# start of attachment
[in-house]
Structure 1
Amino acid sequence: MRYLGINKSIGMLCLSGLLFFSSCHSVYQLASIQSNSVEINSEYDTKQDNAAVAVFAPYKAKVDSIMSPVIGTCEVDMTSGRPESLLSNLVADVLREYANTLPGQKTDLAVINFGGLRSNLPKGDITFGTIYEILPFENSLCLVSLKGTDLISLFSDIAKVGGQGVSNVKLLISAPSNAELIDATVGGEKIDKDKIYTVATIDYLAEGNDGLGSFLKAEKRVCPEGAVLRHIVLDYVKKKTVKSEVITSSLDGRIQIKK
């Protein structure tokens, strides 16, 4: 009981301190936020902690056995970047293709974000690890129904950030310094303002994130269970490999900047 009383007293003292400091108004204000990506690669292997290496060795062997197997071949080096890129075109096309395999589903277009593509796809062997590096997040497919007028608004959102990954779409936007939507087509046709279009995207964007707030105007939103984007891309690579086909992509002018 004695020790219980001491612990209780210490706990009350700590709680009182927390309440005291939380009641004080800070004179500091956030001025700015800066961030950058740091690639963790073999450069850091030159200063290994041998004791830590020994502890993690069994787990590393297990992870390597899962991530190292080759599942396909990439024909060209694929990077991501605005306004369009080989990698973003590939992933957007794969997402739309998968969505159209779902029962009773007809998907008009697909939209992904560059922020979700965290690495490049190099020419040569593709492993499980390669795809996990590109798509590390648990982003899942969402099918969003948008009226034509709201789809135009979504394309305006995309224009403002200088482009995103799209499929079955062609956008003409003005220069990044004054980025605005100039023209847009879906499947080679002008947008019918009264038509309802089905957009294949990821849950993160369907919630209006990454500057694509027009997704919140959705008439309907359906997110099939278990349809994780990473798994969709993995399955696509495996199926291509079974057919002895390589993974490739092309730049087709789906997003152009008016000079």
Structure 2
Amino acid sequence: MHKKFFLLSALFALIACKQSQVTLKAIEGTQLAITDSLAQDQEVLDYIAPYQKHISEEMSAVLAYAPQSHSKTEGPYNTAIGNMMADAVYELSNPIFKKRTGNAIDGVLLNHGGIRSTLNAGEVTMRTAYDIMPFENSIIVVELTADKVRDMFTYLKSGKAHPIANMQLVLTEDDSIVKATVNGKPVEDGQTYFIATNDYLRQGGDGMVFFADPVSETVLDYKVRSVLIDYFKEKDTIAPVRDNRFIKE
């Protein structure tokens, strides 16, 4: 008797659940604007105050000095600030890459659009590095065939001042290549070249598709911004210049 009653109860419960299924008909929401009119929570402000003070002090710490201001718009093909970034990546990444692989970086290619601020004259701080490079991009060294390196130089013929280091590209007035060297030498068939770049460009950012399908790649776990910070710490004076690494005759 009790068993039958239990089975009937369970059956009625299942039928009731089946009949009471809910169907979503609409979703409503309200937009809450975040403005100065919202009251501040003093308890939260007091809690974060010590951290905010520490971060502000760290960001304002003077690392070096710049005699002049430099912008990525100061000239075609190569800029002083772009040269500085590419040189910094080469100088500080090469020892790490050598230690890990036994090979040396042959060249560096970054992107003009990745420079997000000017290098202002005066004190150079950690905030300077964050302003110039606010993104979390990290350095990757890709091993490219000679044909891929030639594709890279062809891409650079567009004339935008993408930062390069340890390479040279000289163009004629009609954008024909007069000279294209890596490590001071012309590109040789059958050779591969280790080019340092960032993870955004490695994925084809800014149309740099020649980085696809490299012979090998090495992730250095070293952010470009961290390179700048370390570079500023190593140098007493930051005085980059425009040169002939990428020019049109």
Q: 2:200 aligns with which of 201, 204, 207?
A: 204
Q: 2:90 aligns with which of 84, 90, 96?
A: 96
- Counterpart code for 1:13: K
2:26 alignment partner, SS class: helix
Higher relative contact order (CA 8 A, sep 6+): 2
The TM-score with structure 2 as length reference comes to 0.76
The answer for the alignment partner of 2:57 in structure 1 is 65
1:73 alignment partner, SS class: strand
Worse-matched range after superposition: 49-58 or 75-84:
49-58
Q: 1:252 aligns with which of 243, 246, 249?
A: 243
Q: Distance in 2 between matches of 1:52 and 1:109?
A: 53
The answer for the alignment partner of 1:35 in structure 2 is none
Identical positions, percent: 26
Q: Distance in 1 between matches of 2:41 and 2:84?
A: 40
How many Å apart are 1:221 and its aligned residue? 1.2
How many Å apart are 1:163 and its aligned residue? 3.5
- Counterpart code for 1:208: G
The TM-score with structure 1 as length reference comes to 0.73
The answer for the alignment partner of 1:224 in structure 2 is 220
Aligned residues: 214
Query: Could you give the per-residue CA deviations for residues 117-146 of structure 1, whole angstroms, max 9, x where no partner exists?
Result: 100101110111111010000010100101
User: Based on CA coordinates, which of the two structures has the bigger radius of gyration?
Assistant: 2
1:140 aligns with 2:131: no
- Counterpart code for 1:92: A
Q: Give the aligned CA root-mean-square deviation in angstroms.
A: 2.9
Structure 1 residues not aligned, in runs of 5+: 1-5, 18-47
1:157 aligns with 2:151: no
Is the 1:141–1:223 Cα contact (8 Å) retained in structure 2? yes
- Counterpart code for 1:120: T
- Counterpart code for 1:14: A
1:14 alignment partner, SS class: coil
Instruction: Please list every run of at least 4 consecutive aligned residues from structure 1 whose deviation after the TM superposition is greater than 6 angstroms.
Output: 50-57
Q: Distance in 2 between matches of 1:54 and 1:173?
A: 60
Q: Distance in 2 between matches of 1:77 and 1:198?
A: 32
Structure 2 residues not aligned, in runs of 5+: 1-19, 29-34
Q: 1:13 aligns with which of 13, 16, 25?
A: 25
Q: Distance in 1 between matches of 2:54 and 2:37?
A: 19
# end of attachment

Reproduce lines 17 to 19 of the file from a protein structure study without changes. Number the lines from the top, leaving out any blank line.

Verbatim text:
1:73 alignment partner, SS class: strand
Worse-matched range after superposition: 49-58 or 75-84:
49-58